These Fairs Are Going 'Soy-Green'

These Fairs Are Going 'Soy-Green'

New York and Maryland fairs are first-comers to USB's Green Ribbon Fairs program.

This summer, the United Soybean Board and state soybean boards in nine states are kicking off the Green Ribbon Fairs project by using and promoting soybean-based products. The products range from paints used to spruce up buildings to biodiesel used for carnival ride power generators.

The Green Ribbon program reimburses use of soy-based biodiesel, paint and dust suppressants and promotion of these green [environmentally beneficial] products through signage and media outreach. Three of the 11 fairs are in New York and Maryland. The others are in Iowa, Illinois, Kansas, Michigan, Missouri, Ohio and Tennessee. All together, USB officials expect to reach about 2.6 million fairgoers.

This summer, the United Soybean Board and state soybean boards in nine states are kicking off the Green Ribbon Fairs project by using and promoting soybean-based products.

In New York State, the Schoharie County Sunshine Fair, in Cobleskill, and the Dutchess County Fair, in Rhinebeck, will be participating and receiving $6,000 and $7,000, respectively. The Dutchess County Fair has been using soy-based products since 2008, reports Steve Van Voorhis, president of the New York Corn and Soybean Growers Association, which administers the state soybean checkoff program.

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"We want to be environmentally friendly," says Dutchess County Fair Manager Robert Grems. "I always say, it does not make sense to showcase agriculture and not be a good friend of the environment. We are proud of our green initiative that's now part of our mission and master plan for the Dutchess County Fairgrounds."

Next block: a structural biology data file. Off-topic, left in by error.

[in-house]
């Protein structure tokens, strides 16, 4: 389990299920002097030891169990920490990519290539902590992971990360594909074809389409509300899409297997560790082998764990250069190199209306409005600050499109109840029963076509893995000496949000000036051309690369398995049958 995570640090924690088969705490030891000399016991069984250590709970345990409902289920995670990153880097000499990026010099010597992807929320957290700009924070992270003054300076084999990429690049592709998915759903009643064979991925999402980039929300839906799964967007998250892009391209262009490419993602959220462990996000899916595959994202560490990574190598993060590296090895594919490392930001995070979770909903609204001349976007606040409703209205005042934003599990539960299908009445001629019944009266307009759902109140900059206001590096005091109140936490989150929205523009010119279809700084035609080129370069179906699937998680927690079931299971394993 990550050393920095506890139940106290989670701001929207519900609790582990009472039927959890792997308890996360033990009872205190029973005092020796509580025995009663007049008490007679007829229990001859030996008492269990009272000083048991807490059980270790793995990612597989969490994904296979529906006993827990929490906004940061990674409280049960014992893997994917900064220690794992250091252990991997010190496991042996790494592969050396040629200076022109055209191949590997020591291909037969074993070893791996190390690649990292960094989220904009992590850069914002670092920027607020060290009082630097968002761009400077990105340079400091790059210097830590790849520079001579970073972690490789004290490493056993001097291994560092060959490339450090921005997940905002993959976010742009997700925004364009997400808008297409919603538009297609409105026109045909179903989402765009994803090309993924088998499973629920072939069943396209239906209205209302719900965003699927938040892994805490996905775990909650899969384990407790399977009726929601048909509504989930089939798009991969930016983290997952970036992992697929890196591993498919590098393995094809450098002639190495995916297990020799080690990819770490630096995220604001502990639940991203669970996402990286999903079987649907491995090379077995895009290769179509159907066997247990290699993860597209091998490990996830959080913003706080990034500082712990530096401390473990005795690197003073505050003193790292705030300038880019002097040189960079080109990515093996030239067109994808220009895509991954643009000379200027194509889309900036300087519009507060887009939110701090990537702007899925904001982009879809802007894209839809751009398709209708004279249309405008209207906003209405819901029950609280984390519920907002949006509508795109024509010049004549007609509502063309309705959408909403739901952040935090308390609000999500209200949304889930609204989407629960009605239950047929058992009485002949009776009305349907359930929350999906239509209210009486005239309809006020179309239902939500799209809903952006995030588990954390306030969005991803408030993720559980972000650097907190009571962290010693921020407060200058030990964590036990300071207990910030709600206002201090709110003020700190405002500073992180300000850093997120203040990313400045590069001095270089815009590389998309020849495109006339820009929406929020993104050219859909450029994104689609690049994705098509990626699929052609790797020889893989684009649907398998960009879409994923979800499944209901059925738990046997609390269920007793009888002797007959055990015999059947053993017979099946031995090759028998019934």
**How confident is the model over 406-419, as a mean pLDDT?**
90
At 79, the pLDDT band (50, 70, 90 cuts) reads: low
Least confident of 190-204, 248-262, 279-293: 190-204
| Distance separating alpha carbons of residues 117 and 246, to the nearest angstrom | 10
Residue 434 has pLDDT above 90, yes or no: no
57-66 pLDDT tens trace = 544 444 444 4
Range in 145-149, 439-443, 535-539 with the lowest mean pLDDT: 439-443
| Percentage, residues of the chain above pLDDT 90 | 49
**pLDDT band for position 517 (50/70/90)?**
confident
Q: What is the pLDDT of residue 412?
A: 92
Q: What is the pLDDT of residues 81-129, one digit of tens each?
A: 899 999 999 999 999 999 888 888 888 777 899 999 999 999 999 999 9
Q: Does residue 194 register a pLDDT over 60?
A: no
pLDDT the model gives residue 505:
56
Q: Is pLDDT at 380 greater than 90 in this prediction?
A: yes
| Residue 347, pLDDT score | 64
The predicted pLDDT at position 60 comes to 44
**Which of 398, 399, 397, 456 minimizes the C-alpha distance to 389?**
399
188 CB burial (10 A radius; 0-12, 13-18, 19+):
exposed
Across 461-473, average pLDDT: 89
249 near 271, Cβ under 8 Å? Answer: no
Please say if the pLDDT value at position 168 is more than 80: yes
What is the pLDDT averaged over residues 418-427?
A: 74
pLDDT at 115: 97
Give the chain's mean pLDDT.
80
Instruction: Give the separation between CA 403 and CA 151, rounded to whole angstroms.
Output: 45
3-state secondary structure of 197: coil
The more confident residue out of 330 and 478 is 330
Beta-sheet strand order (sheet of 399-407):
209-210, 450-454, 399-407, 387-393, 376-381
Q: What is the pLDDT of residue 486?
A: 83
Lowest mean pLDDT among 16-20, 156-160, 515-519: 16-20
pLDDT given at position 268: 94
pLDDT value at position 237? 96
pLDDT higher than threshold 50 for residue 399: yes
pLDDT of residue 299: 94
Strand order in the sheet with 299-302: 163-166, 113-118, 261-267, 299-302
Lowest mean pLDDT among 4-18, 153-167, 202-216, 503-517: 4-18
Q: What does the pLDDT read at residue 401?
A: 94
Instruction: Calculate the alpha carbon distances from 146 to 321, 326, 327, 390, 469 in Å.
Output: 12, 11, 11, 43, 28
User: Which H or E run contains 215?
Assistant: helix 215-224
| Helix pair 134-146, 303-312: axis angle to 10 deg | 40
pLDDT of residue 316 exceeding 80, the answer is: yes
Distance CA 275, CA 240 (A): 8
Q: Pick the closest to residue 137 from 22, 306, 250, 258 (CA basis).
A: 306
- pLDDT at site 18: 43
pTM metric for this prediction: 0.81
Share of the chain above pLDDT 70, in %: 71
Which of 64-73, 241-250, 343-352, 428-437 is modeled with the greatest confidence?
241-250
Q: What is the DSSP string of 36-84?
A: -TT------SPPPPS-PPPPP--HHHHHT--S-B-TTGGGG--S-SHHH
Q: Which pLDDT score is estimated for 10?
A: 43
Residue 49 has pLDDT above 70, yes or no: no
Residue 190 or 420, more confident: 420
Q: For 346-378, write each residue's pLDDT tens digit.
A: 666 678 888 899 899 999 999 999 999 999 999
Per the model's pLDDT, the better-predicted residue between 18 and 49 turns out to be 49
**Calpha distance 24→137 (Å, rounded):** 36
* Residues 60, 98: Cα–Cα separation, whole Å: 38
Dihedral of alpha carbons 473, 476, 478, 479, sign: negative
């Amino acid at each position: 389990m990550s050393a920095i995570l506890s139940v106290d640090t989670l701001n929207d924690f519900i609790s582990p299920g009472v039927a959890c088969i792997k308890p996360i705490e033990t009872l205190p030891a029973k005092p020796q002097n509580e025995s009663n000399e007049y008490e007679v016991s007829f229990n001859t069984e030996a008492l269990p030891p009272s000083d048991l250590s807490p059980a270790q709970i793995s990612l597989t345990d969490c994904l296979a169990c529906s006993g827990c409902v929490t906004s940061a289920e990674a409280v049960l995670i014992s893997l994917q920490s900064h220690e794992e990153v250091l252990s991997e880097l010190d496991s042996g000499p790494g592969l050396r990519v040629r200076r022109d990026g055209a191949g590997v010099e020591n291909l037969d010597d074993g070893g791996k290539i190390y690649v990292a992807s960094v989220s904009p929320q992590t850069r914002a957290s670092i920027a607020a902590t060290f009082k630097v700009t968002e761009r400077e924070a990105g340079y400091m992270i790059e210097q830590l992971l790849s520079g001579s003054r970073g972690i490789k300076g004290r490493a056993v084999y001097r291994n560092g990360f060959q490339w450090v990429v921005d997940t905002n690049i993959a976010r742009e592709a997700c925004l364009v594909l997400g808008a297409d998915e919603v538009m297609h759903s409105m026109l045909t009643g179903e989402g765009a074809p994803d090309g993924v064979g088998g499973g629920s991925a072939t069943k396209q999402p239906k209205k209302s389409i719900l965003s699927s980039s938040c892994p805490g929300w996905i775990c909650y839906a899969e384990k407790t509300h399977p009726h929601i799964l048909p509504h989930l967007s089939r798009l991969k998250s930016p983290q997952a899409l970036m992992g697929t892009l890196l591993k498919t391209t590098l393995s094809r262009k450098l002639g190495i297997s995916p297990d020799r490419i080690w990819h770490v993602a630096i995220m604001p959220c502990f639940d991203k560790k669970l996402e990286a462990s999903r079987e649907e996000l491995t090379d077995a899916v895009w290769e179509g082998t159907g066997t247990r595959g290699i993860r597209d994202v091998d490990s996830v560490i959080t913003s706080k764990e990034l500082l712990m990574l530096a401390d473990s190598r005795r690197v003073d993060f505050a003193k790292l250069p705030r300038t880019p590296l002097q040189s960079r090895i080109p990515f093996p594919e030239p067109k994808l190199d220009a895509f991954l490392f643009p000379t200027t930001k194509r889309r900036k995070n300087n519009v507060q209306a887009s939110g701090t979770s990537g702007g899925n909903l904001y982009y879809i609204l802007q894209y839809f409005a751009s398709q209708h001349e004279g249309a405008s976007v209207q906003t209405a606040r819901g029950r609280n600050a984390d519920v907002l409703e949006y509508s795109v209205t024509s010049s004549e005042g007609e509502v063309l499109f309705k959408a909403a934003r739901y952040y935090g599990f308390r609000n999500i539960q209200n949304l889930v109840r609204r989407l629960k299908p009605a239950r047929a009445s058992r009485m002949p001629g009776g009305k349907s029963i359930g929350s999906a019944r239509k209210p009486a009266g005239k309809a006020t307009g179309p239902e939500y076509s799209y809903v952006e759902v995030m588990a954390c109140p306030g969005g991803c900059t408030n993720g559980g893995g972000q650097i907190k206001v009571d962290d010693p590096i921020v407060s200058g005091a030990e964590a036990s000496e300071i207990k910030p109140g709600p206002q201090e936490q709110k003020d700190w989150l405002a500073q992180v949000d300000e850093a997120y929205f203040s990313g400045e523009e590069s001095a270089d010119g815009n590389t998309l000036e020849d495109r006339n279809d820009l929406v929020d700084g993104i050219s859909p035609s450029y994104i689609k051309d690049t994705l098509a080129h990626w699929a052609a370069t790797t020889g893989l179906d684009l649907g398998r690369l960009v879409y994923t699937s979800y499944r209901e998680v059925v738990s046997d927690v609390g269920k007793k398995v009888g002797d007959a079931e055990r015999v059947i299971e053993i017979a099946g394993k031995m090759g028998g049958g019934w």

In Schoharie County, the list of soy-based products goes well beyond biodiesel. It includes insulation foam used in the construction of the new fairgrounds security office and waterless urinals.

The urinals will be used for the first time this year. If they and their water-saving qualities are successful, more probably will be installed next year, says Doug Cater, president of the Cobleskill Agricultural Society that organizes the Schoharie event.

Maryland goes a step farther

The Maryland State Fair at Timonium will use nontoxic soy-based dust suppressant to limit the spread of dust throughout the grounds. And the Maryland Association of Agriculture Fairs Shows and Festivals is launching its own green program, unrelated to Green Ribbon Fairs.

MAAFS' "Champions for Green" promotion at all fairs, shows and festivals will award a souvenir "Champions for Green" ribbon to those who submit photo entries of environmentally beneficial practices at their fairs. "We have a responsibility to be ahead of the curve and become advocates for regenerative environmental practices," says Lynn Talbert, MAAFS president.

To receive the ribbon, the photo plus a brief narrative must show how the event "leads with green". Email the information to [email protected] or mail to MAAFS, P.O. Box 188, Timonium, Md. 21094. Entries must include fair name, contact info, address of the fair and a brief description.

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